The Wikileaks website is back online after a week-long distributed denial of service (DDoS) attack that security experts have said is further evidence the world of hacktivist groups is becoming ever more fragmented.
Wikileaks went back online on Monday after being down for close to a week. The whistle-blower site reported being targeted by a massive 10Gbit/s DDoS attack via Twitter last week.
The attack was initially speculated to have been mounted by a hostile government agency, though a hacktivist group operating under the moniker "Anti Leaks" later moved to claim credit for the attack.
"We find the speculation that we are not behind these attacks and/or that we are CIA/NSA/FBI or even Wikileaks themselves to be downright comical," it said on Monday.
The group claimed that the attack was being mounted to protest Wikileaks founder Julian Assange's attempts to avoid extradition to Sweden.
"We are not doing this to call attention to ourselves. We are young adults, citizens of the United States of America and are deeply concerned about the recent developments with Julian Assange and his attempt at asylum in Ecuador," read Anti Leaks' statement.
"Assange is the head of a new breed of terrorist. We are doing this as a protest against his attempt to escape justice into Ecuador. This would be a catalyst for many more like him to rise up in his place. We will not stop and they will not stop us."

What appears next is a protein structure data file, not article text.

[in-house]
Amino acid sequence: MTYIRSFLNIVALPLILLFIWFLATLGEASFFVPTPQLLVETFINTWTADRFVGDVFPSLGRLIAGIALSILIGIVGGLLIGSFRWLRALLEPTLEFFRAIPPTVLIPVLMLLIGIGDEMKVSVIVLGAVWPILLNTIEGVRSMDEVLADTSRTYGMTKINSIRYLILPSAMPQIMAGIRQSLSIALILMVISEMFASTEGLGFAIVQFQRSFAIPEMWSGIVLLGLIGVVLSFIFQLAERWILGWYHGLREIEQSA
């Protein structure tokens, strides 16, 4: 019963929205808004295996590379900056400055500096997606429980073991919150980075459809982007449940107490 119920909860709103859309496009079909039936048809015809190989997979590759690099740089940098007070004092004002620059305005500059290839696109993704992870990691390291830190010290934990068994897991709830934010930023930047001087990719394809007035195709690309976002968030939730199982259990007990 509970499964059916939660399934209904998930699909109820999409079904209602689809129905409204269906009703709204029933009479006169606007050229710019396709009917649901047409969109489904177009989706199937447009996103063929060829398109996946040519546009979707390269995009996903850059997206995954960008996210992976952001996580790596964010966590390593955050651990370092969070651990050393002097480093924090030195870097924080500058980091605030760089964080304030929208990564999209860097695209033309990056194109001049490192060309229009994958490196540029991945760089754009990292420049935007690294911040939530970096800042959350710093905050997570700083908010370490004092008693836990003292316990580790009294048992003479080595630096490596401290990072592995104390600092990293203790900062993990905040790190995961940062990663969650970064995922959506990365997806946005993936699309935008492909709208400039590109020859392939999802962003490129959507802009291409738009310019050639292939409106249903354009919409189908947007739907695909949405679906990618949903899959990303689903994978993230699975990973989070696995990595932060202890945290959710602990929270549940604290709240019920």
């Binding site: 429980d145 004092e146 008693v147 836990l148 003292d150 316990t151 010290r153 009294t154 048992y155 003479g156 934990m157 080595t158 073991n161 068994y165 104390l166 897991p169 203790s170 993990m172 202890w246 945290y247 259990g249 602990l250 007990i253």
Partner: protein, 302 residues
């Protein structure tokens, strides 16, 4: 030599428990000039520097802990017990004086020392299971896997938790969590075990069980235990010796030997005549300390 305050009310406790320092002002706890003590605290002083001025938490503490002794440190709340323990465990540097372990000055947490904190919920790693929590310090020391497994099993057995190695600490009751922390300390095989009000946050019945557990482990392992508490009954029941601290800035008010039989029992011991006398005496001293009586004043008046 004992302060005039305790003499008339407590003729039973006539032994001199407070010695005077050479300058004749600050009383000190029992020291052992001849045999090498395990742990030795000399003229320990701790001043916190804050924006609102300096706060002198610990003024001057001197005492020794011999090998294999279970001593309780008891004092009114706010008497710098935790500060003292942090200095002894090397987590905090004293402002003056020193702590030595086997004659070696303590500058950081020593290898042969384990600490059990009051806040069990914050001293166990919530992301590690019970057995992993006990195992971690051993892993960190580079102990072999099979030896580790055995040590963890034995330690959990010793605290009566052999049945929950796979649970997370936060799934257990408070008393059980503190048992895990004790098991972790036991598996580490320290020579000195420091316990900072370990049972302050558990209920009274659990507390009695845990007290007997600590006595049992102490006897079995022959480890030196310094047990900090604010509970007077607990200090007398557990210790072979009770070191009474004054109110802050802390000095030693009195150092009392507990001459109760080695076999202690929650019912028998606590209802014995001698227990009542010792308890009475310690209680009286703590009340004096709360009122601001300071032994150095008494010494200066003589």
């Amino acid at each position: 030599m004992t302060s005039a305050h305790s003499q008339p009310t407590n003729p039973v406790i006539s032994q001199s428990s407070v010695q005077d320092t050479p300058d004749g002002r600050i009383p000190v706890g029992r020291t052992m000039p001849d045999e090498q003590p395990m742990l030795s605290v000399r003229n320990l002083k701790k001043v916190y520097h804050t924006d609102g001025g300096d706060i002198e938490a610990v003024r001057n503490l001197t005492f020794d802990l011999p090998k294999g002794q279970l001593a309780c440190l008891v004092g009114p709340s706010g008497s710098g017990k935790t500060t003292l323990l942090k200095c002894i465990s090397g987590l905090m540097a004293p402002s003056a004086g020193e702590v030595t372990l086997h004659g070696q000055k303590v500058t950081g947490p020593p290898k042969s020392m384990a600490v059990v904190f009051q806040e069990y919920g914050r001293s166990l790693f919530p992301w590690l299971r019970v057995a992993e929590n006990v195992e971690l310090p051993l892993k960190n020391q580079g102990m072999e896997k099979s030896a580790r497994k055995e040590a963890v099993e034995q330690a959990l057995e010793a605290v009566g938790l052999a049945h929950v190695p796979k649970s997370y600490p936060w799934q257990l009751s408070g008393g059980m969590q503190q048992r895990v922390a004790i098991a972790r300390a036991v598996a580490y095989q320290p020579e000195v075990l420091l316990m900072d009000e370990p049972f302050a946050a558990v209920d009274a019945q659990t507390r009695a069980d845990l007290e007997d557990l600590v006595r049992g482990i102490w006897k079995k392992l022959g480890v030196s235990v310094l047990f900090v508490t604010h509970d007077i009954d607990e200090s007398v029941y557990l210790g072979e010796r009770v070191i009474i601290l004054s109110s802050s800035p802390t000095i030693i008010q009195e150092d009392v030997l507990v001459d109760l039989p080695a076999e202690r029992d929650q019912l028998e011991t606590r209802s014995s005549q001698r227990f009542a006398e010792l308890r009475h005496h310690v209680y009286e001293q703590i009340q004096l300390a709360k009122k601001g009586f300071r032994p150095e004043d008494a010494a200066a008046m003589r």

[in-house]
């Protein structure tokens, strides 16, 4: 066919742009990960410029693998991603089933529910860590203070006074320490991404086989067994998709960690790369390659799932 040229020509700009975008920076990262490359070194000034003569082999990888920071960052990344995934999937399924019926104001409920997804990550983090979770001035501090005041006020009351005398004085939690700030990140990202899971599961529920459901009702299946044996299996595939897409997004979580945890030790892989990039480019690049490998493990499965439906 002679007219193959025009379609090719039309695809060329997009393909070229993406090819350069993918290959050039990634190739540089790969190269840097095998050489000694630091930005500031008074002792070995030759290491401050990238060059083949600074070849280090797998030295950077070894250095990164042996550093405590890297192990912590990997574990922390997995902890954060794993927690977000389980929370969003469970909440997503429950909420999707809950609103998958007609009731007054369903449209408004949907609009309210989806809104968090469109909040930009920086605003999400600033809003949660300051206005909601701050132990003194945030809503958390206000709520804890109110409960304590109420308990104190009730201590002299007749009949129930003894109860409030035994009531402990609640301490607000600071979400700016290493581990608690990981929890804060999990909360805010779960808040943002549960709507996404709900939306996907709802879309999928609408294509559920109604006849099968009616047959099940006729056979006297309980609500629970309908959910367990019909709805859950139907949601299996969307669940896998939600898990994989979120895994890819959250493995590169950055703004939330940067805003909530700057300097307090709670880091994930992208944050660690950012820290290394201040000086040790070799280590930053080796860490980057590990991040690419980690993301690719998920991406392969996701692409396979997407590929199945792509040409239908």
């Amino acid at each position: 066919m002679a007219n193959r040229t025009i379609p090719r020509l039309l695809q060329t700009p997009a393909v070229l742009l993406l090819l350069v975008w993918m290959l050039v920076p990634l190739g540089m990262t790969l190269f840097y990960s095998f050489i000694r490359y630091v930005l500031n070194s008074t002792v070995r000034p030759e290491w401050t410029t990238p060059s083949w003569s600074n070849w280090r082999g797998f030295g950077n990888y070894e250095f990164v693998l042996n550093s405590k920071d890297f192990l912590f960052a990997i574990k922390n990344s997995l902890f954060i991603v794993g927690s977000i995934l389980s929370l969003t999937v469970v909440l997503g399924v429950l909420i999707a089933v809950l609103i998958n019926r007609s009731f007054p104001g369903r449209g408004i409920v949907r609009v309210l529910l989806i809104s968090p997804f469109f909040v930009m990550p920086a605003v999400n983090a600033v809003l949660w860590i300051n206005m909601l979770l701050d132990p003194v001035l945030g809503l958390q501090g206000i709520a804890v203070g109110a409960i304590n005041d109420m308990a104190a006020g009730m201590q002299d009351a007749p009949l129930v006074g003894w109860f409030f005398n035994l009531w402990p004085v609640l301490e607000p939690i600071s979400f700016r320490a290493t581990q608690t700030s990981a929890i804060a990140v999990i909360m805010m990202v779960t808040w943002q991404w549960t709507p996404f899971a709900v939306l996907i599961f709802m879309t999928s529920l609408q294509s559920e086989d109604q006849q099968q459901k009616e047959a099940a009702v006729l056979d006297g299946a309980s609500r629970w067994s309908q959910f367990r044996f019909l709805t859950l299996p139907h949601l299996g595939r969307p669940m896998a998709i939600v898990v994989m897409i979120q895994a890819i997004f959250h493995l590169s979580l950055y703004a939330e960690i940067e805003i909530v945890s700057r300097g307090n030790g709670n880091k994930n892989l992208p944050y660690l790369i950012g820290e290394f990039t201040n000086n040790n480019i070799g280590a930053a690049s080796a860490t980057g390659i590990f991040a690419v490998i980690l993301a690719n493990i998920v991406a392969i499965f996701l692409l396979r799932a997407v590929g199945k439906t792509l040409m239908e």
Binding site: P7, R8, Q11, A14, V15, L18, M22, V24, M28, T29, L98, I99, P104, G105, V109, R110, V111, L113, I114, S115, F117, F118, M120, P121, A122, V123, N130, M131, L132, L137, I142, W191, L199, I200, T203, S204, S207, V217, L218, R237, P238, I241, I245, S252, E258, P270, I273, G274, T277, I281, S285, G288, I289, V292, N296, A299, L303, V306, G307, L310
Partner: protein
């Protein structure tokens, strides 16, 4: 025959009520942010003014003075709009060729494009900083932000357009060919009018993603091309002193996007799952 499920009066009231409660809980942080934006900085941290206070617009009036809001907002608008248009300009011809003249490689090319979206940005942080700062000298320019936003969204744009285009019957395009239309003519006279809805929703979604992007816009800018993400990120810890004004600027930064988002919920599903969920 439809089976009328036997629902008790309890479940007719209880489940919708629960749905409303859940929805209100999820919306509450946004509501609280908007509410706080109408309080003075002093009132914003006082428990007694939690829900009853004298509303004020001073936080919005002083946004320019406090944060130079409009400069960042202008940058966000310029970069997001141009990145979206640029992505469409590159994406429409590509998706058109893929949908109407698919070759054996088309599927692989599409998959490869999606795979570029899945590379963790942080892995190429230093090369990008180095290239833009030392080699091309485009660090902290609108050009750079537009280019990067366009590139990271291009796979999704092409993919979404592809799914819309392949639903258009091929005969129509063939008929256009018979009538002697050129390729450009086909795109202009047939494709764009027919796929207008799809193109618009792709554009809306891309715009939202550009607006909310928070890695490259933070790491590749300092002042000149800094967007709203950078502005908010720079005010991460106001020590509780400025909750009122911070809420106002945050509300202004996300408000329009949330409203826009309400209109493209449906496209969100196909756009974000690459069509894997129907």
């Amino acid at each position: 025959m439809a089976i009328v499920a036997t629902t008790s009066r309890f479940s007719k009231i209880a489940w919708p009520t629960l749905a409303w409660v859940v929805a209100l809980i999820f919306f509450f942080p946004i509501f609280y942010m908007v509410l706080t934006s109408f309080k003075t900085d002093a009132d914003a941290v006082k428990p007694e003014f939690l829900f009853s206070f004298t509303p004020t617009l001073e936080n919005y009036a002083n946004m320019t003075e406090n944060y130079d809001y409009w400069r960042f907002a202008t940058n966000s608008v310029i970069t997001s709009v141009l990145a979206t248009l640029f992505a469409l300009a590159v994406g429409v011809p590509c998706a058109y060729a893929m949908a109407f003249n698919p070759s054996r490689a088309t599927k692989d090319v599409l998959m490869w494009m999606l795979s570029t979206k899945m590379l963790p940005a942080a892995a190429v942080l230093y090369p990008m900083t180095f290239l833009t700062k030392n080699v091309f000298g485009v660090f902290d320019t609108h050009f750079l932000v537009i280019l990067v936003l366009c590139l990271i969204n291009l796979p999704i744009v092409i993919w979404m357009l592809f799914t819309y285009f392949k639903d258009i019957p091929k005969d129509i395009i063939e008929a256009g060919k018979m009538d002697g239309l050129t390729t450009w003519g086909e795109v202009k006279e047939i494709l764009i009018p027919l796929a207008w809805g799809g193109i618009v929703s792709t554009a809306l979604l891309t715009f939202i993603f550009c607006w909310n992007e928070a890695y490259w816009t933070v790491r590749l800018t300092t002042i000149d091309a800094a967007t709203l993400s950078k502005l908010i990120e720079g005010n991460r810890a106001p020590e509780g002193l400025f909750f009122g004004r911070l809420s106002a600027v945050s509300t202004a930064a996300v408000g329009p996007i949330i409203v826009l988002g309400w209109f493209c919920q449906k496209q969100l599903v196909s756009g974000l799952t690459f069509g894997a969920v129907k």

The emergence of a hacktivist group targeting Wikileaks has been taken as yet further evidence that hacktivism is in a state of flux, having expanded beyond the control of core collectives like Anonymous.
"The point with hacktivism, or cause-motivated activity in general, is that there are always three sides to every story; yours, mine and the truth. For every politically motivated activity, whether online or in the real world, there is every possibility of counter-activity," Trend Micro security director Rik Ferguson told V3.
"Just as we predicted at the beginning of the year, hacktivism continues to expand its sphere of activities and new threat actors are adopting proven techniques to make their various points."
At the time of publishing, Wikileaks had not responded to V3's request for comment on the attack.
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